The north-facing hydrangea bed whose blossoms I highlighted last time does get direct afternoon to early evening sun. During the hottest days, the blossoms will wilt by the end of the day. On these days, I'm sure to give them an extra drink of water and thankfully, they do recover just fine.
I received a lot of inquiries after the last post regarding which mountain we see in our north view. It is Mt. Adams, which is located just across the Columbia River from us in Washington state (we are in Oregon). The trailheads which lead up the mountain are about two hours drive from our porch.
The ridges which you see in the middle of the frame are also in Washington state. The state line runs between the farmland in the foreground and those riges, along the deep canyon of the Columbia River Gorge.
The Little Lamb hydrangea are doing well this year, their third growing season. Their blossoms are very similar in shape as the Limelight, but are much more creamy in hue. Even though they do receive lots of morning to mid-day sun on the east side of the house, they do great. I chose this variety because they are more sun tolerant than a lot of the other hydrangea varieties, who prefer mostly shade.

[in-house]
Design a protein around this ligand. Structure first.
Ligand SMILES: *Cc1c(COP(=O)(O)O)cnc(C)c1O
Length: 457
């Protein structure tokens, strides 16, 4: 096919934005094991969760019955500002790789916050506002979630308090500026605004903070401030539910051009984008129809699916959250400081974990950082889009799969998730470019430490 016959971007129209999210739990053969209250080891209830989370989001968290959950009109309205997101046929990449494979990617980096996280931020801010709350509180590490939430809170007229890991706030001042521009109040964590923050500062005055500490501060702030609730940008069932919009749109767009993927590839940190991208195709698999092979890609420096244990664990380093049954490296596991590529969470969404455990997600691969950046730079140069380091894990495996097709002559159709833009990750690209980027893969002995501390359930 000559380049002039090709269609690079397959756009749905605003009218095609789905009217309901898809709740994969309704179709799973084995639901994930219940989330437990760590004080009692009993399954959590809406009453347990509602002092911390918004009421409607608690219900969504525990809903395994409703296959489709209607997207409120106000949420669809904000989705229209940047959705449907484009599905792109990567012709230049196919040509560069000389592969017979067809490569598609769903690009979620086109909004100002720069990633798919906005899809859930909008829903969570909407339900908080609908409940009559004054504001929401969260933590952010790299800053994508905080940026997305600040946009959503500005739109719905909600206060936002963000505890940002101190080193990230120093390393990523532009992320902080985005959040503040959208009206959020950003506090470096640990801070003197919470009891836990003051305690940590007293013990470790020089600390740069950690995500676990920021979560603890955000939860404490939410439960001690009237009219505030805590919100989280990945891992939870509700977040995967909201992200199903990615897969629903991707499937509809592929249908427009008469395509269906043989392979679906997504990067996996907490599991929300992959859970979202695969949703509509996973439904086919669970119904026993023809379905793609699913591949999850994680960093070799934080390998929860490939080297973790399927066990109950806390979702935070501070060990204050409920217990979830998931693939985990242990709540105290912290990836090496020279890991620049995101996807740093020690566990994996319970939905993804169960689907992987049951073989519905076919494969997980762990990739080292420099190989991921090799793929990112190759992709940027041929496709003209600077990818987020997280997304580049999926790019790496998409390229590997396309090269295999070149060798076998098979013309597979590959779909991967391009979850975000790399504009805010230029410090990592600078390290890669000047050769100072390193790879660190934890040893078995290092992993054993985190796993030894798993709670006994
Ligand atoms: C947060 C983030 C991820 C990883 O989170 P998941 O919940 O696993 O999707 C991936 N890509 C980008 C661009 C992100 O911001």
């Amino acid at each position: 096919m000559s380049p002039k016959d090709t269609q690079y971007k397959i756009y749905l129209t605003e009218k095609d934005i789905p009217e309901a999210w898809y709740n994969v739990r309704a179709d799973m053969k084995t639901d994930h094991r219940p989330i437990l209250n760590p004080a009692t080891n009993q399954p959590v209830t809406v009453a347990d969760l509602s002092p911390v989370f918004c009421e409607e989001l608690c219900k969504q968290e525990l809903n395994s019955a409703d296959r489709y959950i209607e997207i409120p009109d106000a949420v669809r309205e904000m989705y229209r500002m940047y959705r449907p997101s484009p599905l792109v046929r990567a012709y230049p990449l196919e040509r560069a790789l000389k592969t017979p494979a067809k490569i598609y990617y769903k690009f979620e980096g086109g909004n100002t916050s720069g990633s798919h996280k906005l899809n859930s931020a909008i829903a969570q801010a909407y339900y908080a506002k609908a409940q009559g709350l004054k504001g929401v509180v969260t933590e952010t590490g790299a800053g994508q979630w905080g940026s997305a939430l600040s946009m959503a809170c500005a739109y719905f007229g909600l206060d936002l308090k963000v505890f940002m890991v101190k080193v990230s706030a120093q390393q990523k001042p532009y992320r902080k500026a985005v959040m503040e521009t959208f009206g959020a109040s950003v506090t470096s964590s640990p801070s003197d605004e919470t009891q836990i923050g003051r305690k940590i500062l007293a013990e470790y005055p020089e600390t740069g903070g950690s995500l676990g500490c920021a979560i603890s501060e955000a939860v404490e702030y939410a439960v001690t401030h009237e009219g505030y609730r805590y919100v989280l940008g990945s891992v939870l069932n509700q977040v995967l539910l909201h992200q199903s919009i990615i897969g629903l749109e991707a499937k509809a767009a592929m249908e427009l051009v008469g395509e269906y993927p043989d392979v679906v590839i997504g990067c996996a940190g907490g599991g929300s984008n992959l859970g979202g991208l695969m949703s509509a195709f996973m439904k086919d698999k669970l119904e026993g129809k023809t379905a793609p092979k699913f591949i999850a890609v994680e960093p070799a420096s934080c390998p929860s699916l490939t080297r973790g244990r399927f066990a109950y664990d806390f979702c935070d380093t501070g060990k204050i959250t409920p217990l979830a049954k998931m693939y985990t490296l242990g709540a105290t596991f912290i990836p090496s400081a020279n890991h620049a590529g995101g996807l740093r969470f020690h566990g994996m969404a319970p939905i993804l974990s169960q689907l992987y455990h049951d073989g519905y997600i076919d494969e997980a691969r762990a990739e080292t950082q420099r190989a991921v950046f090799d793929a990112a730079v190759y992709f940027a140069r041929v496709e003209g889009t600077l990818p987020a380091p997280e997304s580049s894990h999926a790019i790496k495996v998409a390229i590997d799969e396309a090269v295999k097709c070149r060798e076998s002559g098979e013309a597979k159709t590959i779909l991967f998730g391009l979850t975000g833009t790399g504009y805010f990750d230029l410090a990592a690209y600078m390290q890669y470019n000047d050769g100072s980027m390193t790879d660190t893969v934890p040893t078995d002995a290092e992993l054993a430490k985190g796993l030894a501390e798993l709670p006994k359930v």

So far, I haven't really been able to figure out how to better capture the mountain with my camera. It always seems to end up washed out.
Bombshell hydrangea are proving to be a good choice for this south-facing bed. They receive full sun and fare very well, even through the hottest days.
I planted these last spring (five bushes). I look forward to when they grow even taller and create more of a singular-looking hydrangea plume under the dining room windows.